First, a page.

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Jamaica’s Tourism Minister salutes Jamaican national heroes through building ‘culture tourism’

KINGSTON, Jamaica – Jamaica’s Minister of Tourism, Hon. Edmund Bartlett in paying tribute to our national heroes, said that Jamaica was now actively developing areas of cultural tourism as a means of comparative advantages and creating local distinctiveness in an increasingly competitive marketplace.

Speaking to some 200 friends and members at the 25th annual anniversary gala of the Caribbean American Cultural Group in West Palm Beach last Saturday (Oct. 17), the Minister said that cultural tourism was becoming one of the largest and fastest growing markets globally and along with creative industries were being used increasingly to promote destinations.

For example, the Minister spoke of the recent commissioning of the Flagstaff Heritage Tours Visitor Center in St. James. This attraction, he said, was providing visitors with an insight into the history of the Maroons as well as the biodiversity of the Cockpit Country.

(file photo)Hon. Edmund Bartlett

Describing other subjects forming cultural tourism, the Minister spoke of lifestyle and history of people in urban and rural areas – their art, architecture, religion, traditions of indigenous cultural communities and other elements that shaped the way of life in varying cultures. “Destination Jamaica is no different”, he emphasized.

According to the Minister, through a heightened promotional campaign, Jamaica already secured 850,000 air seats from United States and Canada, and is making every effort to continue to generate active interest in the island as a popular tourist destination, as the campaign broadened its outreach to Latin America, Europe and the Far East, he added.

Mentioning development of other attractions taking place on the island, the Minister spoke of construction of Dolphin Cove at Point, in Hanover to be completed sometime next year at a cost of $500 million (J). Additionally, he also described improvement of the ‘Elegant Corridor’ – the stretch of highway that connects the City of Montego Bay to the many hotels in the parish of St. James, and this involved lighting and special landscaping works.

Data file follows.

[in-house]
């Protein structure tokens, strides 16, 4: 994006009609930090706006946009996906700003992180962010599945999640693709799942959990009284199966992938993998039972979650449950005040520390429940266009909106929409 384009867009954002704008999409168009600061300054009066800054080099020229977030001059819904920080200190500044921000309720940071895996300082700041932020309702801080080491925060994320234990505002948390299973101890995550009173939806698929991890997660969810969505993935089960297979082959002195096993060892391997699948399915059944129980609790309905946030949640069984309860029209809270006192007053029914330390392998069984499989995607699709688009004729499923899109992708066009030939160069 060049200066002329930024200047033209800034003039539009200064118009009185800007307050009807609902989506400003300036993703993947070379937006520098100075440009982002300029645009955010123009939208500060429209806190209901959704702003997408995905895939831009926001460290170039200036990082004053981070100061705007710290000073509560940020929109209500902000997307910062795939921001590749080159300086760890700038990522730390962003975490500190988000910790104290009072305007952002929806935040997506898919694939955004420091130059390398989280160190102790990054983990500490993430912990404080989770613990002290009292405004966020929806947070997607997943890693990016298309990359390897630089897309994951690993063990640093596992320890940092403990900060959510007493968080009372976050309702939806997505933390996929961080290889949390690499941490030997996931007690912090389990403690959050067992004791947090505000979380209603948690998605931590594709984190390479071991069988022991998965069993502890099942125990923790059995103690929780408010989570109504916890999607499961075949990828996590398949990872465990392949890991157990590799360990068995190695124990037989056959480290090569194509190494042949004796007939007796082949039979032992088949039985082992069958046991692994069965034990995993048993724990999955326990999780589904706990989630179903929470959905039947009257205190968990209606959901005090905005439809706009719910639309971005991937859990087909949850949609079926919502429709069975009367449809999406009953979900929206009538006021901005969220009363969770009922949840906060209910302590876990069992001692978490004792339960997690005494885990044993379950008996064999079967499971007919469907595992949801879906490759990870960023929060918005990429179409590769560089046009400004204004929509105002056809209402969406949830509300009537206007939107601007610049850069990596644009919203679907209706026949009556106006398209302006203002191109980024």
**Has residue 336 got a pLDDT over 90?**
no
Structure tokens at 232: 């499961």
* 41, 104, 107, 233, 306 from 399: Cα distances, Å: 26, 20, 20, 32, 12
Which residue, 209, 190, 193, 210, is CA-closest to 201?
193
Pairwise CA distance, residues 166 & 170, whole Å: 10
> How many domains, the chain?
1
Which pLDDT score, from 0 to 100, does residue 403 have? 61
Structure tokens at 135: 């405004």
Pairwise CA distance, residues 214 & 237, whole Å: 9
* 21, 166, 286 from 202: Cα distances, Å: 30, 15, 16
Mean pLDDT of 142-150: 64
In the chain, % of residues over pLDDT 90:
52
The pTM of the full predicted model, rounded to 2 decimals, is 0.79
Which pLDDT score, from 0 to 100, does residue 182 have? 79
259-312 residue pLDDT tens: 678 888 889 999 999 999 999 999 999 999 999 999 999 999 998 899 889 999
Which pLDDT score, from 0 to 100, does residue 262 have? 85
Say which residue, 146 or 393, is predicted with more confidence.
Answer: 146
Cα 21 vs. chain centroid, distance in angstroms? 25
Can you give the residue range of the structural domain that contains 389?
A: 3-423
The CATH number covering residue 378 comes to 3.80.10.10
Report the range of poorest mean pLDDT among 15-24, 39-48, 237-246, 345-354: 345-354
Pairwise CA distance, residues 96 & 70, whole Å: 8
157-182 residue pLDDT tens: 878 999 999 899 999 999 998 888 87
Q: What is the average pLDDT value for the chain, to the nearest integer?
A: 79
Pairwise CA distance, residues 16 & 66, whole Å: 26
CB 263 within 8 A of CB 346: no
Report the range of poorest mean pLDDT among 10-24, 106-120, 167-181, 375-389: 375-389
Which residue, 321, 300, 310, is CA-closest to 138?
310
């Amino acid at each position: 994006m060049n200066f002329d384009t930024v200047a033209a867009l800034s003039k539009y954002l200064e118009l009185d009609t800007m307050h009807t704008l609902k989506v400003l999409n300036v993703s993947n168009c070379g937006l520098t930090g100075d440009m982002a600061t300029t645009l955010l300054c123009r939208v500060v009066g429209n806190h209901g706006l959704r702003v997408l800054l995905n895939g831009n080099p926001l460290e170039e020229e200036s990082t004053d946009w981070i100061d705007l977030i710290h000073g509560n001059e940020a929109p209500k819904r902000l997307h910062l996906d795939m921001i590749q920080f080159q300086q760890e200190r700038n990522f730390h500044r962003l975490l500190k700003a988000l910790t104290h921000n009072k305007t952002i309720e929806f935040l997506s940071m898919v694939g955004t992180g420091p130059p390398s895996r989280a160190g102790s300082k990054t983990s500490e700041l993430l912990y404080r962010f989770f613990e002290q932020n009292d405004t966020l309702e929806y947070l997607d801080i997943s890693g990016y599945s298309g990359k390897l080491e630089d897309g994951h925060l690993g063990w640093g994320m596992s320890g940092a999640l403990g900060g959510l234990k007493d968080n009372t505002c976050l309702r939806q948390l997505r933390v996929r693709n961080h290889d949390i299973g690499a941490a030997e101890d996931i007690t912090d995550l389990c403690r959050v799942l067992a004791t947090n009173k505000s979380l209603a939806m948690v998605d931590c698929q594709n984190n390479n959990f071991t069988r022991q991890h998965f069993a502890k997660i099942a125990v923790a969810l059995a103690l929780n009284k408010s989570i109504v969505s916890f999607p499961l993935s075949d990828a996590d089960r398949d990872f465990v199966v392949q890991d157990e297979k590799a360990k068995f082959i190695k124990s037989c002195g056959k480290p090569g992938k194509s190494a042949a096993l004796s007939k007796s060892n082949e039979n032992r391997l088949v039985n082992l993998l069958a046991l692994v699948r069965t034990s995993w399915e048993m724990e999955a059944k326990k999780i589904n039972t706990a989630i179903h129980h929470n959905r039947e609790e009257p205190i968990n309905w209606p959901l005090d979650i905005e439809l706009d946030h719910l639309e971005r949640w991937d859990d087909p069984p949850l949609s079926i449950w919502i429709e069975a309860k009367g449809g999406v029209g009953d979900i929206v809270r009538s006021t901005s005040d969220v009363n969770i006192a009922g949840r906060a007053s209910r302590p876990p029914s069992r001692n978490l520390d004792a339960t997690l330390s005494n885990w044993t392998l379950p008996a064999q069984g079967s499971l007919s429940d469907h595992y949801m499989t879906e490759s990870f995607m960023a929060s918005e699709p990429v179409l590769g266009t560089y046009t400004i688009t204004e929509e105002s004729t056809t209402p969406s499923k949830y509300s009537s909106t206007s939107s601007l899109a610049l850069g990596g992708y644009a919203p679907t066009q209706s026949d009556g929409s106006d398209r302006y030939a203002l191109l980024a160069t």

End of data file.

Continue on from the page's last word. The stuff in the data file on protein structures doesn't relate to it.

Turning to Jamaica’s economic recovery, the Minister challenged his audience of primarily Jamaicans, that as ambassadors, they would be contributing to the island’s economic recovery through tourism. As visitors from the Diaspora, you would be selling the island as a prime destination through the bonds of friendship established between nationals and other ethnic groups “bringing more of the world’s citizens to our island and sharing our culture with them.”

As Jamaica prepared itself for the third biennial National Diaspora Conference, next June, Minister Bartlett encouraged nationals to become involved in the various local, regional and national associations in their respective overseas communities ‘as your contributions was critical to the organization of the Jamaican Diaspora,’ he stated.

Caribbean American Cultural Group was established in 1984 to establish bonds of friendship between Caribbean nationals and Americans in Port St. Lucie, a suburban community in Southeast Florida. The current President is Jamaican national, Kingsley Bigsby.

According to the chairperson of the Public Relations committee, Howard Duncanson, the membership has grown to nearly 100 persons of Caribbean descent. The group has partnered with local charities supporting education, donations to children in lesser fortunate circumstances, and food-feeding programs. On the other hand, the members have also benefited charities in the Caribbean, including the Missionaries of the Poor through Father Holung and the Jamaica Hurricane Relief efforts along with other programs across the Caribbean.

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